Amazon’s plan is not to take over the healthcare industry but to forward the push for industry change. This is the beginning of the Jeff Bezos, Warren Buffett and Jamie Dimon push to alter healthcare with their influence and abilities to innovate faster than large healthcare corporations. In the end it will be better care, cost and competition for American healthcare recipients and very overdue.

Ben Ball
BrainTrust

Basic purchase metrics make it easy to question the value of this for Amazon. (Theoretically, shoppers who qualify for Medicaid must show very little disposable income and less than $2,000 in a bank account. Not exactly what you would think Amazon has in mind for the Prime service.) Instead, this suggests one of two things. Either Bezos is extending his altruism to the Amazon business model, or Amazon is making enough working margin from even lower-volume shoppers to make getting them into the Prime program worthwhile. I admire Bezos, but I’m going with Door #2.

Dave Nixon
BrainTrust

This isn’t a move by Amazon to get more shoppers (although they will) — this is a move to gather future customers and insights on those customers for their growing push into healthcare. Wait until their new health platform lands. These folks will now be part of the initial consumers. THAT is the new direction for the “retailization” of healthcare.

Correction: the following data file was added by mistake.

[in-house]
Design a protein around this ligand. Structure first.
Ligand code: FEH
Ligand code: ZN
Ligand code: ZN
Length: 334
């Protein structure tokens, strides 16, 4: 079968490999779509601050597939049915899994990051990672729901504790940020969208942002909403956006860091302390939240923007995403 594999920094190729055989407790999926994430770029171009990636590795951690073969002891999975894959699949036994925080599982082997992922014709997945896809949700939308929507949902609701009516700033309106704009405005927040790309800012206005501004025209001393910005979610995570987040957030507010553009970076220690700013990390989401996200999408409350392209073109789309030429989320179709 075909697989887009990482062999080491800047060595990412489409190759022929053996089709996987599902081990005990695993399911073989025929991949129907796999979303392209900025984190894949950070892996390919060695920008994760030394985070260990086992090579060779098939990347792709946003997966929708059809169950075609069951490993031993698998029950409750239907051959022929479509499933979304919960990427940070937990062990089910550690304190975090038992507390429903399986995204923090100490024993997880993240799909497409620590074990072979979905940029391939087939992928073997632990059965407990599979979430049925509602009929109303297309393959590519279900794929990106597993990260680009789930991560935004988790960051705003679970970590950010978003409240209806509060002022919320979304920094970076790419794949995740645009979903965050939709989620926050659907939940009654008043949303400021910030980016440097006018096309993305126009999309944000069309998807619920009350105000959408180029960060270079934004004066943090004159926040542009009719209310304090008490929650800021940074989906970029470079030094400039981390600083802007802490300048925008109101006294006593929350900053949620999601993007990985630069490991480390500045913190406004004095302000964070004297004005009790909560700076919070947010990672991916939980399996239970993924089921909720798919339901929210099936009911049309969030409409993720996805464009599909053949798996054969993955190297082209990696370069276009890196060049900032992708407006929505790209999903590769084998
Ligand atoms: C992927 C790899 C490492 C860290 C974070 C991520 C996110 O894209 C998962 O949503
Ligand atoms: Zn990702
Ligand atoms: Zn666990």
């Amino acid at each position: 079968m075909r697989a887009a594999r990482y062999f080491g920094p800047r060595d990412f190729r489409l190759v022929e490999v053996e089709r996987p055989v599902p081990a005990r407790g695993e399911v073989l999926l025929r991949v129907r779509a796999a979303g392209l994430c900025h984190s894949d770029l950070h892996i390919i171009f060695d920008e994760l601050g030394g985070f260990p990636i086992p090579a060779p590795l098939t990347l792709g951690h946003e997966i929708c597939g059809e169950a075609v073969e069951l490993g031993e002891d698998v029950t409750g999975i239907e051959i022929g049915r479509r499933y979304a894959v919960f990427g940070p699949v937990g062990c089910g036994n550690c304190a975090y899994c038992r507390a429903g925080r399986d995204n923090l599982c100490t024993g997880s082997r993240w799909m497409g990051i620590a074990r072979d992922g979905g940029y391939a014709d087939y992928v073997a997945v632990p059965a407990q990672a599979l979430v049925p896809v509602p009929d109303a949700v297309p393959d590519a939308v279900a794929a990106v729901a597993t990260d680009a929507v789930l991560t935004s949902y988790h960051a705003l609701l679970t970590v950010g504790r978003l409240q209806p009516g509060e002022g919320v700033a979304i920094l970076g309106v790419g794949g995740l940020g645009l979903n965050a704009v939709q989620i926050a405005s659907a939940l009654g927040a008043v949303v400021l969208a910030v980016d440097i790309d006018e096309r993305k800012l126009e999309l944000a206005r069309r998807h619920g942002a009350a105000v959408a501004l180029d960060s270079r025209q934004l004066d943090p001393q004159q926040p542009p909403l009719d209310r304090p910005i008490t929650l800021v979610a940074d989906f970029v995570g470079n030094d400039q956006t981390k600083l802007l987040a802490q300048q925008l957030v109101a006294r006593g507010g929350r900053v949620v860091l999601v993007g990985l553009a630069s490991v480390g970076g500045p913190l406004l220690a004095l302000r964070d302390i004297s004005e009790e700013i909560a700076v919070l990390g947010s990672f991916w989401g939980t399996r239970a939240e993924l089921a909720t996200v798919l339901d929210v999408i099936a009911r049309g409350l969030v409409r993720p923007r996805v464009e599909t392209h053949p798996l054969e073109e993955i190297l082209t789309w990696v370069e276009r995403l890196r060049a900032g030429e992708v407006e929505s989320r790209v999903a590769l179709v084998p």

Steve Montgomery
BrainTrust

Prime’s lowering of its membership cost for these individuals and their families is a good thing. The people impacted get an opportunity to participate in something that up until now their economic situation prevented them from doing. It has been noted by others as an inclusive move. It is definitely a win, financially and mentally, for these individuals.

However it is not altruism. Amazon garners positive publicity rather than being hailed as the harbinger of the death of brick-and-mortar retail. It also gains Prime members who the research has shown are likely to spend more money with them.

Seth Nagle
BrainTrust

This move removes the excuse “high membership costs” as to why people won’t use Amazon prime and should increase their customer base. By lowering their costs, Amazon looks to capture more EDLP shoppers from WM and other low price retailers.

Dan Raftery
Guest

Six dollars a month doesn’t seem like a lot, especially for people on a limited income who can substitute home delivery for one or two monthly trips to a store. Also, those who have been paying for delivery (if there are any), would save two ways. My question is, will suppliers get another point share to cover the cost?

Anne Howe
BrainTrust